At the same time much of Australia’s post-war economic growth has been magnificently fuelled first by Japan and more recently by China. Through security arrangements like the ASEAN Regional Forum and APEC, as well as membership of the Asian Infrastructure Investment Bank, we are becoming increasingly enmeshed in Asia. It is vital that we all fully understand how Australia’s security and prosperity are being fundamentally shaped by what is happening in our region. Nostalgia for a mythical (and ultimately racist) Anglosphere is therefore very hazardous: it is time for Australia to become a significant, independent and confident member of its region. But the problem is that we remain largely ignorant of the region into which we are being inexorably drawn. To remain in such ignorance will lead us into a disastrous future.

The looming challenge of a Trump presidency means that Australia simply cannot afford to be so pitifully reliant on the United States. It has to address its own security on its own terms. This doesn’t mean ruling out close friendship with the USA, but it does mean rethinking ANZUS – moving from America into Asia.

Rethinking ANZUS will require a simultaneous rethinking of our education systems. The best way to a secure effective engagement with Asia is through what we teach in our schools and universities. Australia needs to radically overhaul school and university curricula to nurture young Australians into deep understandings of the languages, histories, economies, cultures and politics of the countries surrounding them and that loom large in their future. We need to cultivate an Asian awareness in this country second to none in the world, to enable our people to communicate intelligently and insightfully, to be unthreatened by cultural differences, to be able to negotiate regional cooperation agreements, and to conduct business transparently and ethically.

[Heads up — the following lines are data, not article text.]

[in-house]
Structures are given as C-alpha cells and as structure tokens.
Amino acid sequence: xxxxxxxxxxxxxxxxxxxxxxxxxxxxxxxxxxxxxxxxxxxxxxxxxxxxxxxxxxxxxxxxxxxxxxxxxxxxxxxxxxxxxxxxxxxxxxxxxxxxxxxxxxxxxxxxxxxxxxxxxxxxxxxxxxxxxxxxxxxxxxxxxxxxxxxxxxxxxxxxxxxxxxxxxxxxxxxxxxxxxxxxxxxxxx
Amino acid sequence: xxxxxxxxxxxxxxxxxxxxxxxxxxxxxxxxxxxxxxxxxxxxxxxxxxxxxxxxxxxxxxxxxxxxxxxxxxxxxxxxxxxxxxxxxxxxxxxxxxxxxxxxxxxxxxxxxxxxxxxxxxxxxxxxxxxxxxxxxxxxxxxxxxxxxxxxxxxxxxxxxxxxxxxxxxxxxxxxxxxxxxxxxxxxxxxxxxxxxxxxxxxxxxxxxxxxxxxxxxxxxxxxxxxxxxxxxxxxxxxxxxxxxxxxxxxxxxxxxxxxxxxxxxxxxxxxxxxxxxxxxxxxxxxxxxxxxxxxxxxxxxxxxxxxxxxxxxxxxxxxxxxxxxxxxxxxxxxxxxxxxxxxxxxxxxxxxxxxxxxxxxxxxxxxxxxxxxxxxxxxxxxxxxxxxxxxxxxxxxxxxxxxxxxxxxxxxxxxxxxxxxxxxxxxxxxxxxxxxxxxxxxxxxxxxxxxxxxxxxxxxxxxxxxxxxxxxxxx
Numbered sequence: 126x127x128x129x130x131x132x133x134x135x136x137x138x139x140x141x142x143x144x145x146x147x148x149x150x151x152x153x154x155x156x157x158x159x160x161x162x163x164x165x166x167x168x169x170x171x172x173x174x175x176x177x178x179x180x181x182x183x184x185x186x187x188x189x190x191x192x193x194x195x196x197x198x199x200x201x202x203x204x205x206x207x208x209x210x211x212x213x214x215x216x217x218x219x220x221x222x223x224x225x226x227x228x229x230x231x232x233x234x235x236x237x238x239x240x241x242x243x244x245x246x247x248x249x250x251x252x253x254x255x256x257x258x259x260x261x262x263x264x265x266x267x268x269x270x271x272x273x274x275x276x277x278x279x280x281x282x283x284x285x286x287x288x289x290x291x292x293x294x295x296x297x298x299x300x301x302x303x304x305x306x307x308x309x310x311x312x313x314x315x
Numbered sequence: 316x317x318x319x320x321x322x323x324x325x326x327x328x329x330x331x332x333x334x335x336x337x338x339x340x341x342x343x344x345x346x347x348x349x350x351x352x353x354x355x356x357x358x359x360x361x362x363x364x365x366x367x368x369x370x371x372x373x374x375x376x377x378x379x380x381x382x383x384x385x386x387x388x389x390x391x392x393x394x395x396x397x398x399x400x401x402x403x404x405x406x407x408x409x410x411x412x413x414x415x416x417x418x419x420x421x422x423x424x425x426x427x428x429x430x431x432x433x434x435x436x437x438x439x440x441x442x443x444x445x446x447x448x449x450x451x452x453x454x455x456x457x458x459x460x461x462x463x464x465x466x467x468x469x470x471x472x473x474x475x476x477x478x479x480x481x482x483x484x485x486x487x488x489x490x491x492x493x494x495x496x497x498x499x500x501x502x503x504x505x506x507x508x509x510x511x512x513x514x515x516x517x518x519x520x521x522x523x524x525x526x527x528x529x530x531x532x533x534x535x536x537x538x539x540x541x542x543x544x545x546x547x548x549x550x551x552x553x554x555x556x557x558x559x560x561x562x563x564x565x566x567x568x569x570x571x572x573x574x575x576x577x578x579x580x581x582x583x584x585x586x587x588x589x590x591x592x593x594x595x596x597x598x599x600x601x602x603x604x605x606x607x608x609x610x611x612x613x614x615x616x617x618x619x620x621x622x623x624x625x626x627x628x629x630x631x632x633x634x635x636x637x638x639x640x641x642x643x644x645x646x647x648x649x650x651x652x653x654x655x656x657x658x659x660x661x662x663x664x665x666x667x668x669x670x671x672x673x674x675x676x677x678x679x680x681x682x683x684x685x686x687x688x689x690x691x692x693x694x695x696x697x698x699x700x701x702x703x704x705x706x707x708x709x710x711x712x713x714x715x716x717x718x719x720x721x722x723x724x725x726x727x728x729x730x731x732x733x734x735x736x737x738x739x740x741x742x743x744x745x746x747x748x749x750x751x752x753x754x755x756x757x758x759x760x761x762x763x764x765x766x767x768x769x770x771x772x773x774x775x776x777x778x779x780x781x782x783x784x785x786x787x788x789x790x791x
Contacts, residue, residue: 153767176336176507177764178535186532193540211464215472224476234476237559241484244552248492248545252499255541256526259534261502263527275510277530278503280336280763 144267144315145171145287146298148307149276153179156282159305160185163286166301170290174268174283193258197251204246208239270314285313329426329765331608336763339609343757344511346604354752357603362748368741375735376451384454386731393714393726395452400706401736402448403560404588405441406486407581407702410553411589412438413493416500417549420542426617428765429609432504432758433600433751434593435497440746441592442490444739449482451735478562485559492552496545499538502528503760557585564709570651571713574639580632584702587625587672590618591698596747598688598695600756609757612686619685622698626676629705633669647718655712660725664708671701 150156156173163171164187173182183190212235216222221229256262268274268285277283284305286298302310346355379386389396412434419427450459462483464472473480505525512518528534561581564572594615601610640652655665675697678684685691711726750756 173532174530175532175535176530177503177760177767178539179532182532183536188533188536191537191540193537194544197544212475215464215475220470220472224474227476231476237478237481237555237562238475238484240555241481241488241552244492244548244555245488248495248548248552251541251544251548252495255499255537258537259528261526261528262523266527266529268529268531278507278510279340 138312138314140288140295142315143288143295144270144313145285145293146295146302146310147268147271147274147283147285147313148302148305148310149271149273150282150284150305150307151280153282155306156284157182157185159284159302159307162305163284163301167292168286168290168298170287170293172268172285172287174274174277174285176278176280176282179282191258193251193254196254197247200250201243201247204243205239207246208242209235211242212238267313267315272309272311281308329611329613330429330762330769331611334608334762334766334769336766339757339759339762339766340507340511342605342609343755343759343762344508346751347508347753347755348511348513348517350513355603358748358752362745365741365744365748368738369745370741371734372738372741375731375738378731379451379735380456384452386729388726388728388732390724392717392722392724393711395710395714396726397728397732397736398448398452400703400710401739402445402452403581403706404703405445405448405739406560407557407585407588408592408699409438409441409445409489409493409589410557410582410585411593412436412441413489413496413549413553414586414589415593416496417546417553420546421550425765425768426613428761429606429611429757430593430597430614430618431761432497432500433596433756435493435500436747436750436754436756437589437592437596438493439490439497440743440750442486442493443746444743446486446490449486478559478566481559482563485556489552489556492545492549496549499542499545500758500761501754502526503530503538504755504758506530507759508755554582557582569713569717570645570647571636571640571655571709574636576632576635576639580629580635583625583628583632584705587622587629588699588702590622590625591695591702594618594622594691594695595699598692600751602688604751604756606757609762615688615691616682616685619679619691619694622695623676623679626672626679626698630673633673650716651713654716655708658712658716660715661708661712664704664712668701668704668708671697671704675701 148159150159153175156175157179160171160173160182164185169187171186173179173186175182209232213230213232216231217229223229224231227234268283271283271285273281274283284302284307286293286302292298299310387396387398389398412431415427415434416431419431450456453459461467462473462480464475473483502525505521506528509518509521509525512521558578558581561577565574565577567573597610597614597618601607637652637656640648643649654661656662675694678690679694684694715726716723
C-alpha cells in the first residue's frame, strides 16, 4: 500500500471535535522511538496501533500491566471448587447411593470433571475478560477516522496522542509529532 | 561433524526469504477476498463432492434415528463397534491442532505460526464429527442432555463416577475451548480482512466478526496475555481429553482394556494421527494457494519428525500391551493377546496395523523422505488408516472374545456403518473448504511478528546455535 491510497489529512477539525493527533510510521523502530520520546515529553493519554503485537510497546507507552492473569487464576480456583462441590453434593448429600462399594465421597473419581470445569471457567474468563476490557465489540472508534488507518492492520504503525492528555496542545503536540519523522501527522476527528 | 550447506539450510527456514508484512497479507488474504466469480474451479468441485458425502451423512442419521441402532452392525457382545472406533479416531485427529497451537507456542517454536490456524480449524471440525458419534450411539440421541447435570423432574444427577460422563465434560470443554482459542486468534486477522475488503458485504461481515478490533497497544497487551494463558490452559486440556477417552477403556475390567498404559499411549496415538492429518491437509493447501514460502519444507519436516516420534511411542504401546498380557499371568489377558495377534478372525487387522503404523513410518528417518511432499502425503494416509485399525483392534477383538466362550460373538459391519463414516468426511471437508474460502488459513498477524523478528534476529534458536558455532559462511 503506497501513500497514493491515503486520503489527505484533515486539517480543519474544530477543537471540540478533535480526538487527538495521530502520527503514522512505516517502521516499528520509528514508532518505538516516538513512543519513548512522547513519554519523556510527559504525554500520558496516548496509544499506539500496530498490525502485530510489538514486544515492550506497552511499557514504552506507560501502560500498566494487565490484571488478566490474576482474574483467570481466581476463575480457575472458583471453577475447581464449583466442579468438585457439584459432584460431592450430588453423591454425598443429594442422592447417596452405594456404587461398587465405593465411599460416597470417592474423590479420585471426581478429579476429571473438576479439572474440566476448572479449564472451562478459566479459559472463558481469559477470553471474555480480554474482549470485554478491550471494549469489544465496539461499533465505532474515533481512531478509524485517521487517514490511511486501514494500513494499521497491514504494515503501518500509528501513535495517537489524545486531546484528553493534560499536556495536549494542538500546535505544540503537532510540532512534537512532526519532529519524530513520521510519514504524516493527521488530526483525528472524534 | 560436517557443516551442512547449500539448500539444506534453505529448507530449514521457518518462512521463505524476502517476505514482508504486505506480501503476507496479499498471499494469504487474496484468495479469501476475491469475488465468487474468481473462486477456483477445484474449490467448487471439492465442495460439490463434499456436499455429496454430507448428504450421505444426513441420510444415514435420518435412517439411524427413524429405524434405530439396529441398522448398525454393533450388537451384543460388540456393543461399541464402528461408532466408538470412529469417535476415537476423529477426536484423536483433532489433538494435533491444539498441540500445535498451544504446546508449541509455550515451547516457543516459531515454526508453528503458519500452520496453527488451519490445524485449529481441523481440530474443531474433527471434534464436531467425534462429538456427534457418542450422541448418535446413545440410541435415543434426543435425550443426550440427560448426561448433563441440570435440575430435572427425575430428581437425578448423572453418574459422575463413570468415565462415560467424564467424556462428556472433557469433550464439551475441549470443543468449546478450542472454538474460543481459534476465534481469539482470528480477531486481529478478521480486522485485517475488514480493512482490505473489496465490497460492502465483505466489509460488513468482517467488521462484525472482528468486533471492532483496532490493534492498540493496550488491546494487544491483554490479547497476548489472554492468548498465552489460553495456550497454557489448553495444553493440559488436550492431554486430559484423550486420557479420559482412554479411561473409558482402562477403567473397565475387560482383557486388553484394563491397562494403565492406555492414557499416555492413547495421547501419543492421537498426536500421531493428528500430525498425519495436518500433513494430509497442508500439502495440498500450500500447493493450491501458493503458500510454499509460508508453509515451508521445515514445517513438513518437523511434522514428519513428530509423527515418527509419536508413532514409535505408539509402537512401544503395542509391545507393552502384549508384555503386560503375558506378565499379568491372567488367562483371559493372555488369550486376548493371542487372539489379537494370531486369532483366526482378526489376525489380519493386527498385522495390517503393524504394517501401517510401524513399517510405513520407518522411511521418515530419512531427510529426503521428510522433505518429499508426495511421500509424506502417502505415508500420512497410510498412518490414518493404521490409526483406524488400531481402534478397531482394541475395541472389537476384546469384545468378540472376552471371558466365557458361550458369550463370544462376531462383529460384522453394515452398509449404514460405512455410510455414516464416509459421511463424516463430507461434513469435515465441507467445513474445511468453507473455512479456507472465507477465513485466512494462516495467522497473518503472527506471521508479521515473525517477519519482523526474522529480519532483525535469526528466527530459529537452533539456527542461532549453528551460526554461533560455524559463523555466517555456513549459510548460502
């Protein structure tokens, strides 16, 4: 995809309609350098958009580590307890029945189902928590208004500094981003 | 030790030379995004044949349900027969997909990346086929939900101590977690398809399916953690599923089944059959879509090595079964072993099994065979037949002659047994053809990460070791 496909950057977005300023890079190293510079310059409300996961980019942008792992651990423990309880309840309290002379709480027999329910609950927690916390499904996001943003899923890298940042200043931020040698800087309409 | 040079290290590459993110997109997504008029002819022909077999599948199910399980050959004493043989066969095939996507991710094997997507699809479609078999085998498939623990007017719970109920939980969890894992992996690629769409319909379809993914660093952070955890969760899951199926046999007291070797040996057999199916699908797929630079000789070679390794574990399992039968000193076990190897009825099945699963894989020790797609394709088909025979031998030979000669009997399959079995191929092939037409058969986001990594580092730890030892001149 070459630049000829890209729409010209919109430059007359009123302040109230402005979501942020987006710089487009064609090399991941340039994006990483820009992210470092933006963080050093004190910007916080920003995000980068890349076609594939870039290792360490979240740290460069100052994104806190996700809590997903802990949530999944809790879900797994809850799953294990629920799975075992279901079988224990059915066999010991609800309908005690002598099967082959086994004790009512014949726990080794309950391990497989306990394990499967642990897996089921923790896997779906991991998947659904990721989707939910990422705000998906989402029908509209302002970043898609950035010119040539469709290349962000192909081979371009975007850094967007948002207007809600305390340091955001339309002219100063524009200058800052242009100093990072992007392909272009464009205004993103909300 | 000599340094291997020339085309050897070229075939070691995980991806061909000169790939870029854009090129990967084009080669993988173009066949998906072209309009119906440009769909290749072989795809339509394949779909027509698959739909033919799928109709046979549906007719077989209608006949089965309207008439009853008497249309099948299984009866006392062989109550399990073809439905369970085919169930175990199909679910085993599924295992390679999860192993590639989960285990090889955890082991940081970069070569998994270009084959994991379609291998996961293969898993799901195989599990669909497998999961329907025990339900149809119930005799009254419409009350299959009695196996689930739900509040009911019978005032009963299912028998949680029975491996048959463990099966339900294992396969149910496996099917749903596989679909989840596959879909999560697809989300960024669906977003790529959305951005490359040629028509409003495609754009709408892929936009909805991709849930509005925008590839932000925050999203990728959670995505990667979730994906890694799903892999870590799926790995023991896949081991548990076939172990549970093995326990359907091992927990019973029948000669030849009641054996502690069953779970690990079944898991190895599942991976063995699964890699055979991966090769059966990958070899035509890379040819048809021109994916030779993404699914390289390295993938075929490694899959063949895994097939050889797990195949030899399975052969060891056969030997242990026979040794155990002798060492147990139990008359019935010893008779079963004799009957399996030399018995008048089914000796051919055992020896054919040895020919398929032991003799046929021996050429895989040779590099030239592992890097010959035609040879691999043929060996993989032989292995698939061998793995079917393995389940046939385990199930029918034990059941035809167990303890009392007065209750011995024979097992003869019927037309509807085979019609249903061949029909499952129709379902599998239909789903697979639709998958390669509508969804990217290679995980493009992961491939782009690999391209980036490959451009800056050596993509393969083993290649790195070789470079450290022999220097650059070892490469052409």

There has been too much talk about this urgent need to educate the country into Asia, but too little action from governments, schools and higher education institutions. Asian studies in this country remain at the pedagogical margins, isolated in academic ghettos. We need an educational revolution to overcome the intellectual and political inertia that is impeding the development of Asia literacy and Asia consciousness in this country.

It is time to emulate something like Victoria’s Nossal High School, a selective secondary school associated with Monash University that has an interest in nurturing scientific curiosity among its students. Similar selective schools with specialist curricula focusing on Asia and Australia’s relations with its Asian neighbours are now needed in each state to pave the way as models for educating Australians about how to be in charge of their regional future.

As Australia necessarily rethinks its alliance with the United States, it must simultaneously educate itself into Asia. There is just no other way.

Dr Allan Patience is a Principal Fellow in the Asia Institute, University of Melbourne.